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Homework Help: Average velocity vector

  1. Feb 23, 2015 #1
    1. The problem statement, all variables and given/known data

    A bicyclist makes a three quarter turn of radius 1.5 m at constant speed. During the turn, the only horizontal force acting on the bicyclist is a static friction force of constant magnitude 250 N. The total mass of the bicycle and rider is 60 kg.

    2. Relevant equations

    3. The attempt at a solution

    The path: http://www.mathgoodies.com/lessons/fractions/circles/circle_three_fourths_blue.gif

    The circle's radius = 1.5
    The bicyclist's speed: 2.5
    Acceleration at the point A: (-25/6,0)
    Velocity at the point A: (0, 2.5)
    Velocity at the point B (the final point of the journey): (2.5,0)
    And the average velocity (-0.53, -0.53)

    I have computed everything correctly except for average velocity and I have no idea how to get the right angle. I guessed there should be minus signs (-1.25, -1.25) but of course magnitudes are wrong.
    I realize that this is because of acceleration. You can't just reproduce strategies fit for linear motion, i.e. to divide the sum of final and initial velocity by two.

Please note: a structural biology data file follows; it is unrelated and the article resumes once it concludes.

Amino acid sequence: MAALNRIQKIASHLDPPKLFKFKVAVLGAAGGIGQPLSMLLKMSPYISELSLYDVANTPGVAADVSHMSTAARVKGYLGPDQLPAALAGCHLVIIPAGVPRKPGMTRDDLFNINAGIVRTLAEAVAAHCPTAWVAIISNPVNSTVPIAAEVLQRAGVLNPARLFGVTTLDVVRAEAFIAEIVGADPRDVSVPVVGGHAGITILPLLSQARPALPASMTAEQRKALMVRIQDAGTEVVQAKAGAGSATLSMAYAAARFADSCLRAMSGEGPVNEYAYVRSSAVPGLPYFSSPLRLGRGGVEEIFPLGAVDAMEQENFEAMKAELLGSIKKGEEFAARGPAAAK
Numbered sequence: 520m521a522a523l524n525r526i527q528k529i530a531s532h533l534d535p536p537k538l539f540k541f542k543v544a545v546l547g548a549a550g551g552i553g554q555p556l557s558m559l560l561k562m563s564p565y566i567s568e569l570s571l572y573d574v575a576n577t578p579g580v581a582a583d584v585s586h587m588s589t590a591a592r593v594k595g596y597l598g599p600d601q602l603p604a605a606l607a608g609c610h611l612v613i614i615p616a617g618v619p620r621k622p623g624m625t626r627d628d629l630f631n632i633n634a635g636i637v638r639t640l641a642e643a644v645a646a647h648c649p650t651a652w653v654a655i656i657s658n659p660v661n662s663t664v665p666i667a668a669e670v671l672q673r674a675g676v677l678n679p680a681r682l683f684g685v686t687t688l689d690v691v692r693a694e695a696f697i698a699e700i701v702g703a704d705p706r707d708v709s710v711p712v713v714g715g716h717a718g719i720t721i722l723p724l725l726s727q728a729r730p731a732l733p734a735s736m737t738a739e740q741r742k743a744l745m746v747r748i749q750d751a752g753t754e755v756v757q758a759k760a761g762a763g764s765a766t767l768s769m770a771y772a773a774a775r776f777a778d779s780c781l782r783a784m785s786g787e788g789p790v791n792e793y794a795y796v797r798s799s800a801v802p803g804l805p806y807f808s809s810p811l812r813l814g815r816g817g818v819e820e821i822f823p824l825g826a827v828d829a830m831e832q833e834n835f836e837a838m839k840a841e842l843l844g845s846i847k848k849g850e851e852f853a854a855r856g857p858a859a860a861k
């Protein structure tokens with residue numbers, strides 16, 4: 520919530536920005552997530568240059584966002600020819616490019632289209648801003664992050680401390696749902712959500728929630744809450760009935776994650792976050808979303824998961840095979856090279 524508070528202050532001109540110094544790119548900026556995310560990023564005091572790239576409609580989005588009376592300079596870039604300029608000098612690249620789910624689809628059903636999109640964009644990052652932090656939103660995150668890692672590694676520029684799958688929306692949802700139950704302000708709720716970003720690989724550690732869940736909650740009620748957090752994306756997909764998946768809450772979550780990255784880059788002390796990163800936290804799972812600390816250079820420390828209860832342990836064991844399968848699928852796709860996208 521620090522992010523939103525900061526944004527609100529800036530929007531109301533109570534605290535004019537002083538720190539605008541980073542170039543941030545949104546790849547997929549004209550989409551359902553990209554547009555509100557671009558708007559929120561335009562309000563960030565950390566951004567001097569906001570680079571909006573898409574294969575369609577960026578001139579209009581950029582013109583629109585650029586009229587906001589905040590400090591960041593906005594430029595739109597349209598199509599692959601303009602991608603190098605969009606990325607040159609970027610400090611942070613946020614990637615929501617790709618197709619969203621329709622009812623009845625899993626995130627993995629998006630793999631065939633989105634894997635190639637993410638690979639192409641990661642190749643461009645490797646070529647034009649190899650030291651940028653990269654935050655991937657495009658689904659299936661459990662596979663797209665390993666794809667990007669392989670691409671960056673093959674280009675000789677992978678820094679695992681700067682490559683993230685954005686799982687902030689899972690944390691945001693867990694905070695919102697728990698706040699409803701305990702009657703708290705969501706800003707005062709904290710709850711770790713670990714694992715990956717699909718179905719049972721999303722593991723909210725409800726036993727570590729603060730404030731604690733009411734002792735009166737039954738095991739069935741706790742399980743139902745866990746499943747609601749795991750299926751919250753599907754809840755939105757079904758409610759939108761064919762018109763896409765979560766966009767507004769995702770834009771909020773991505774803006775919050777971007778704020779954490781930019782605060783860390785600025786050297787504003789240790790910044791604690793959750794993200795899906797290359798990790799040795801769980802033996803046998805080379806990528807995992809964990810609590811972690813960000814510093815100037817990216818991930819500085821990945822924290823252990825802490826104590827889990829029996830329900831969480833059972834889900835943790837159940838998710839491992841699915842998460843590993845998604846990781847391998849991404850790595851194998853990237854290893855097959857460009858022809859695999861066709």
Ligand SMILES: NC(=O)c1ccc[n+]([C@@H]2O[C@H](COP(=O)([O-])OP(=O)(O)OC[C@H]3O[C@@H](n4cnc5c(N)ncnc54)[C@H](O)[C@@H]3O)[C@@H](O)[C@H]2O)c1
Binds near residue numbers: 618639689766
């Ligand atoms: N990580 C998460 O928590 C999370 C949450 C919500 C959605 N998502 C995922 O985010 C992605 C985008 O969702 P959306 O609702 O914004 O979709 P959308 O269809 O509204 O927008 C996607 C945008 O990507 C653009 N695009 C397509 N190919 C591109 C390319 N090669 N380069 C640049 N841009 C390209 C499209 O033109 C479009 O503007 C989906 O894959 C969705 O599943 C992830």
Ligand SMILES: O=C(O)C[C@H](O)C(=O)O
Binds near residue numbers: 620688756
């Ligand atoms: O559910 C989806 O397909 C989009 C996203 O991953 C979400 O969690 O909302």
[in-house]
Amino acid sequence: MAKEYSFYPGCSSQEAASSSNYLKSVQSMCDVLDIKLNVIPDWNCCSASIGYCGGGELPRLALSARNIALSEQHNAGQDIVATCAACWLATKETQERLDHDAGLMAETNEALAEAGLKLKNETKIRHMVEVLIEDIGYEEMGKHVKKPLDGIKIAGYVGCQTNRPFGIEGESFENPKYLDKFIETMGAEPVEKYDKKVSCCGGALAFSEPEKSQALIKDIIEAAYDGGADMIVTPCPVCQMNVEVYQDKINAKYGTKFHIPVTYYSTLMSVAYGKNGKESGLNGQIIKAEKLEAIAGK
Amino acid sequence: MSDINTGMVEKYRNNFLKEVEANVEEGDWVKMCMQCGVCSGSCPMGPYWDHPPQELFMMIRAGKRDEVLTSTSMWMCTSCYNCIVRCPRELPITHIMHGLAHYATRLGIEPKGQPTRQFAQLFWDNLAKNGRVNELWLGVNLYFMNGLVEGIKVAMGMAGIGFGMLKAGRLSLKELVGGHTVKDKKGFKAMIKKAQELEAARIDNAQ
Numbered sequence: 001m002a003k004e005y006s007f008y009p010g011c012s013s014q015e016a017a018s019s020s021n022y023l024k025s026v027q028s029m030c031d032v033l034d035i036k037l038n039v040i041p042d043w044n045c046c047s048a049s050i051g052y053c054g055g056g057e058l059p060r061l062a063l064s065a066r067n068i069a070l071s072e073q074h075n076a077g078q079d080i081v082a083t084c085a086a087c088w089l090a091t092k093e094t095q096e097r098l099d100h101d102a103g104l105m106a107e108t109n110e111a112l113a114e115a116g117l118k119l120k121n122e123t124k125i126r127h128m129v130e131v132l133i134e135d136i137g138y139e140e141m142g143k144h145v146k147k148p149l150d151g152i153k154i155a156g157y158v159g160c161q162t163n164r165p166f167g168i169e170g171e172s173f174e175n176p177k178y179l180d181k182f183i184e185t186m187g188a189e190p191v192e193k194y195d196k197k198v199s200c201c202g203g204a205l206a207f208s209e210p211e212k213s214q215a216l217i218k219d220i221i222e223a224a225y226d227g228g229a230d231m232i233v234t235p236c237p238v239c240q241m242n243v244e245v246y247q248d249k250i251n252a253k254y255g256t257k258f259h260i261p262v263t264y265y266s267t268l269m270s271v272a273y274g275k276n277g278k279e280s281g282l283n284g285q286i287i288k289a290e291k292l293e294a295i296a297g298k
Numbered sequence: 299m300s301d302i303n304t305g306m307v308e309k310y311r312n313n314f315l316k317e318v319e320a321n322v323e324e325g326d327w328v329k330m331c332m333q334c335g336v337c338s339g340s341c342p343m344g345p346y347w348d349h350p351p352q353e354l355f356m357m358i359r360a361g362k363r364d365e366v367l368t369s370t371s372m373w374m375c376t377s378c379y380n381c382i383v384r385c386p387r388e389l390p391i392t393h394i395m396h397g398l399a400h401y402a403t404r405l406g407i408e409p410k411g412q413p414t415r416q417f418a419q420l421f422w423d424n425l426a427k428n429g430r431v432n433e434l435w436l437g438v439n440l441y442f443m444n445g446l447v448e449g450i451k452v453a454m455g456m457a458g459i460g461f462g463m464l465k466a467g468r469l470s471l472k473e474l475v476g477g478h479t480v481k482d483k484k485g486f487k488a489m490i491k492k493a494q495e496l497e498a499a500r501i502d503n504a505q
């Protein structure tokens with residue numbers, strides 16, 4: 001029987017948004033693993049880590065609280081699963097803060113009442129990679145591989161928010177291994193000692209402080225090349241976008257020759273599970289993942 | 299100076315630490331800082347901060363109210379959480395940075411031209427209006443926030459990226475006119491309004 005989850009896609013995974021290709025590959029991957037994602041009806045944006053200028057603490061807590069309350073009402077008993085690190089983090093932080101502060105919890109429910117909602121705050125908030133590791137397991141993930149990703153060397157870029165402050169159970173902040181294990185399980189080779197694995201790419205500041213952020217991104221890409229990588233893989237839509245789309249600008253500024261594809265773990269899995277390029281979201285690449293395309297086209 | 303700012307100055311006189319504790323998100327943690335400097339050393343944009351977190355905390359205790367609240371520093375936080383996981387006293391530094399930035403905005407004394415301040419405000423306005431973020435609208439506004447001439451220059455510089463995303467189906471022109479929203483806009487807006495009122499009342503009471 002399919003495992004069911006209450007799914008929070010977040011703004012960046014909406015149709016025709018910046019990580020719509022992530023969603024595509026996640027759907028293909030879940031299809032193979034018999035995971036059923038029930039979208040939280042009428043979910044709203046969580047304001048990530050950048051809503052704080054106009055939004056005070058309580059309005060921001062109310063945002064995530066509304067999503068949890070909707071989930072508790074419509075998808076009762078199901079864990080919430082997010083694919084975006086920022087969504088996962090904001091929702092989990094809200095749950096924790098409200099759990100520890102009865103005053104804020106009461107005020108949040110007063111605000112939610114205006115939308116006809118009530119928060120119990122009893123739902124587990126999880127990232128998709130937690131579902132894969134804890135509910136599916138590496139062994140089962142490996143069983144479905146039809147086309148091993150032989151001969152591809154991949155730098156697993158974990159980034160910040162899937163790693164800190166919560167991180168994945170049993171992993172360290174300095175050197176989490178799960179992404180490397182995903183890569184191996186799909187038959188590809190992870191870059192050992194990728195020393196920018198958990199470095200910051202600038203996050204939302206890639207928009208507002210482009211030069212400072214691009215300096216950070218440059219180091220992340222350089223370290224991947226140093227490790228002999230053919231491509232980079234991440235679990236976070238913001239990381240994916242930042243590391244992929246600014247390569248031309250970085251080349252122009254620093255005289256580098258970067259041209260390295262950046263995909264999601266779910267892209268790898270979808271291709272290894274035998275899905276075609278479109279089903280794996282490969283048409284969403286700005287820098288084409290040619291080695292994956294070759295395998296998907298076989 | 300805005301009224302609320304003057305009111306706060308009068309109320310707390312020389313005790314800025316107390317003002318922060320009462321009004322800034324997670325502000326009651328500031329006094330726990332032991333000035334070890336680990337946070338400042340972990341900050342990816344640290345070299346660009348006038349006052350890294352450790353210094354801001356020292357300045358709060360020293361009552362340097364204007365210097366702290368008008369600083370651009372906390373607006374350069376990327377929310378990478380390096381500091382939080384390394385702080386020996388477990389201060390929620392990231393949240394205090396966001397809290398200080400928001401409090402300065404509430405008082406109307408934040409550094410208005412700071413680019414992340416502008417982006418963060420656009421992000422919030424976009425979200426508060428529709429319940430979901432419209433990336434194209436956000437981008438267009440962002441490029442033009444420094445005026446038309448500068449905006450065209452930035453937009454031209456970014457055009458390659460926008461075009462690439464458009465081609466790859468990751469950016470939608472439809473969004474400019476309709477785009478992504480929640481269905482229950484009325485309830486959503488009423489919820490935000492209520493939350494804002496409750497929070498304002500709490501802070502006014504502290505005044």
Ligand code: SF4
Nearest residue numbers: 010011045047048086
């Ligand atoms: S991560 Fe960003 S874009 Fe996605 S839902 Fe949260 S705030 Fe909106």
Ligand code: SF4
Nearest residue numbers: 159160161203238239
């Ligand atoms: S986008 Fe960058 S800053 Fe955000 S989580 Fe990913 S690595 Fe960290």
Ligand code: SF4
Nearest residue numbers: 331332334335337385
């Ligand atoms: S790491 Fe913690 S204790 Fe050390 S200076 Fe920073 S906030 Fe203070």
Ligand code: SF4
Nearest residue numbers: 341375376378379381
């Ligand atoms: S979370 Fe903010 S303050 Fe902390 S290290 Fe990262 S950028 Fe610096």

2. jcsd
  3. Feb 23, 2015 #2


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    Staff: Mentor

    Look into the definition of average velocity. Hint: The velocities at the start and finish are irrelevant.
  4. Feb 23, 2015 #3
    I already tried this. I understand that this is the displacement over time. So displacement in this case is simply 1/4 out of the circumference. I divided it by the time I computed (constant velocity is given).

    Time = (3*((2*pi*1.5)/4))/2.5

    Average velocity (vector legnth) = (((2*pi*1.5)/4))/2.82743 = 0.833334
  5. Feb 23, 2015 #4


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    Staff: Mentor

    No. You seem to be trying to compute an average speed based upon the distance of the path. That's not average velocity.

    Forget the length of the path. You want to start by finding the displacement vector: the vector that describes the final position with respect to the starting location. Do it in vector form. If you take the origin as the center of the track, then the initial position is <r,0>. What's the final position in this form?
  6. Feb 23, 2015 #5
    Many thanks. :) I got it.

    initial position: (1.5,0)
    final position: (0, -1.5)

  7. Feb 23, 2015 #6


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    Staff: Mentor

    Very close. But your calculation of the displacement is not correct. You want to take the final position and subtract the initial position to find the net displacement:

    <displacement> = <final> - <initial>
  8. Feb 24, 2015 #7
    Oh, right. One magnitude would be positive, which is wrong.


    (-0.530517, -0.530517)
  9. Feb 24, 2015 #8
    this is decidedly a gap in my knowledge. I have to do more exercices.
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